As for the ‘Jordanian web’ I would advocate leaving it as a ‘free zone’ for expression. This serves freedom of speech and access to knowledge. It also serves the government as an important popular feedback channel. Placing restrictions on internet publishing would simply push more people into anonymous posting, or posting on international sites, which really serves no one in the country.
Slander is slander. It should be punishable by law. It is clear that there are excesses on the Jordanian web by opportunistic news websites or journalists/writers. But existing slander laws should be enough to deal with that (after reading the conversation on 7iber.com I would say that slander laws in Jordan are too intertwined with the press and publication law, so this point needs further clarification and thinking).
And anyway, in a world where anyone can start a blog or edit a Wikipedia entry, coming up with restrictive laws and trying to regulate what can or cannot be said on the web is almost impossible.
There have been cases in the US where web hosting companies removed hate-speech sites from their servers (I don’t know on which US legal grounds). But even the US cannot entirely wipe out Al Qaeda discussion forums which keep popping up here and there across the web.
In short: the benefits of an open internet policy far outweigh the threats or downsides. If anything, the Jordanian government should become a more ACTIVE participant in the online conversation in the country. In the mid 1990’s, NETS (today Batelco Jordan) pioneered the concept of ‘Ask the Government’ on Jordan’s first bulletin board. People could ask ministers a question and get answers. That was pretty progressive for the time. One of the guys behind this was none other than Marwan Juma, who’s IN the government today as our Minister of ICT.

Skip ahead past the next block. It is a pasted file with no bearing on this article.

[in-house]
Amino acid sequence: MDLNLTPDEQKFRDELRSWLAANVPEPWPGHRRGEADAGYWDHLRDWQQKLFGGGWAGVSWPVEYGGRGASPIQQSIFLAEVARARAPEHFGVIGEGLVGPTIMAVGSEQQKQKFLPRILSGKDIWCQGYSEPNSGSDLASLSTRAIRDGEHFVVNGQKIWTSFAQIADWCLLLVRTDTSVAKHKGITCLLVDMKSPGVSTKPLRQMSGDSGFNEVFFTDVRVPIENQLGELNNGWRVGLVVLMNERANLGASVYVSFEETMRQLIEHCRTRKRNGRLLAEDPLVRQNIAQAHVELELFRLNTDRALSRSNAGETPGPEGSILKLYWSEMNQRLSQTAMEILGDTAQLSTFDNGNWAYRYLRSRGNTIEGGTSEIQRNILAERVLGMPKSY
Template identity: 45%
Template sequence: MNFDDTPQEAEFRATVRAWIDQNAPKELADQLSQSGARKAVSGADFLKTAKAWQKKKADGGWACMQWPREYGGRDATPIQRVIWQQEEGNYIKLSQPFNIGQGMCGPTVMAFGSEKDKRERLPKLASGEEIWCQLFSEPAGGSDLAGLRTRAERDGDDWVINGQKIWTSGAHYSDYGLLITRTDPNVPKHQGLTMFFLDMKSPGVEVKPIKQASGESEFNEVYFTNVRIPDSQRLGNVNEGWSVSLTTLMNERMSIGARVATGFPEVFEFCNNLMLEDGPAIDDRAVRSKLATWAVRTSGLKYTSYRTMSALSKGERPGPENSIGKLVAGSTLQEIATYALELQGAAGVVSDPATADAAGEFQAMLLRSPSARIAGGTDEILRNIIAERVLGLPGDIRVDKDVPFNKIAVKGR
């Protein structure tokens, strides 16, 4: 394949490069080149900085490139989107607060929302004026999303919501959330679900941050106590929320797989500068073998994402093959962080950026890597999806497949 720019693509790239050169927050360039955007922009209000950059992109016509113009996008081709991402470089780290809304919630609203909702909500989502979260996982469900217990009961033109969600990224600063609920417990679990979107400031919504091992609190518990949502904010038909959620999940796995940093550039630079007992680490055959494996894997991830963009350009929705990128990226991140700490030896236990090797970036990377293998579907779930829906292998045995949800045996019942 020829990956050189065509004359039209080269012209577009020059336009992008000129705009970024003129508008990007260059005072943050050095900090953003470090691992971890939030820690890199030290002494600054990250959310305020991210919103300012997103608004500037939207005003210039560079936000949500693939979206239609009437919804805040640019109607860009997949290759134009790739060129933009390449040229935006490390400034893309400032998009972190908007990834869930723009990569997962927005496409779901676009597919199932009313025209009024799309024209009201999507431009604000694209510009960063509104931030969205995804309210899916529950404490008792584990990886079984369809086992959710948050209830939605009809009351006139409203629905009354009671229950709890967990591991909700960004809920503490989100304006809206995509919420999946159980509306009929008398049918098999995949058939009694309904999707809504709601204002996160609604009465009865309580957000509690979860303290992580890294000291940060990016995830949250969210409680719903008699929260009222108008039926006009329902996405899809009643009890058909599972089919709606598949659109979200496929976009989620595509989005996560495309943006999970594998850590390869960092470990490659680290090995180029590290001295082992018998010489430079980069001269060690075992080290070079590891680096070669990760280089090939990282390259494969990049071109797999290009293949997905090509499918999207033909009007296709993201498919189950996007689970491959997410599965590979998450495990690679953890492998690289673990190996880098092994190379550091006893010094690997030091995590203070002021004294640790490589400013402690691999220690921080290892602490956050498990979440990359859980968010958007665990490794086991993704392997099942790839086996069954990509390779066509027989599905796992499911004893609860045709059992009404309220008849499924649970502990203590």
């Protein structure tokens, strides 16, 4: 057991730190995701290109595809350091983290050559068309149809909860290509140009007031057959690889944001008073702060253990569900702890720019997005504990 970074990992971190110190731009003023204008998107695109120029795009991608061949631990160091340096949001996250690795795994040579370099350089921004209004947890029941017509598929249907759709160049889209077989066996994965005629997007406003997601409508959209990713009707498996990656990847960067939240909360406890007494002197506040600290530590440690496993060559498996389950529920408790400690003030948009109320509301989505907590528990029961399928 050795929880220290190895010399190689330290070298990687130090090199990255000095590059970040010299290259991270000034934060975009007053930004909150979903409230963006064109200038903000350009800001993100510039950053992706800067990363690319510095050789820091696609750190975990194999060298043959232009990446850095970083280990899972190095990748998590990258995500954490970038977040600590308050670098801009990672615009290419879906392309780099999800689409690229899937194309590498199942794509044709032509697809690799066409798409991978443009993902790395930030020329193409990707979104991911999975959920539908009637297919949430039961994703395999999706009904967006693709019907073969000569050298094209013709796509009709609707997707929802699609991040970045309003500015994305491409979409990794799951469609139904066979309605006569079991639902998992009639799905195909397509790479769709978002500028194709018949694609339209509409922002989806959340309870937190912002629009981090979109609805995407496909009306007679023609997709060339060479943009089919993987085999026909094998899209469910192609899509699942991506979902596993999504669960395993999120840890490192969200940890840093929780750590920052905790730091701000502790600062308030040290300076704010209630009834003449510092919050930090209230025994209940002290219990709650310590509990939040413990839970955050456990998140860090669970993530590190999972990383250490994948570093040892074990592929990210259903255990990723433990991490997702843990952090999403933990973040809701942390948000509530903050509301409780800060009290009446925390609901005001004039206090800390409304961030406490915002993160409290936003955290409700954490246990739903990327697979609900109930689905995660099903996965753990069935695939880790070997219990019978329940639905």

I can only hope that our web stays as open and free as possible.
Update: Follow the rich conversation about this issue on 7iber.com.
7 responses to “Keeping Jordan’s web open and free”
Well said Ahmad, I hope Jordan will not go down the easy road of blanket regulation.
Wow, great post. I agree with most of what is said, although when it comes to the “worst case scenario”, while I agree there’s some sort of possibility of it happening (as is there a possibility for a lot of other things), I think we can safely assume that the government will not make such interpretations of the court’s ruling and the law—that’d be too extreme, and I don’t think it’d be a smart choice for the government to do on ANY level.
Thanks Yusuf. I wonder if the government HAS to do something because of the court decision or if they can simply adopt a “do nothing” policy.
Something is adding to the confusion: the government is discussing the electronic transactions law. But that seems to be mainly about ecommerce and transaction, right?
We’ll have to keep watching the developments.
I hope your optimistic view turn out to be true.
I kind of share your view, but I am still somewhat concerned about misguided policy emerging out of this issue.
Whoever can influence decision makers should play an enlightening role right now by explaining the negative effects of restrictive policy.
This Jordan Times piece from December 2009 raises concerns:
A great summation, as always, Ahmad – thank you.
Small point: “slander” is defamation which is SPOKEN. Defamation which is written or published is “libel”. The two are related but not the same.
I’m watching and listening with interest to see how this develops.
On a related note: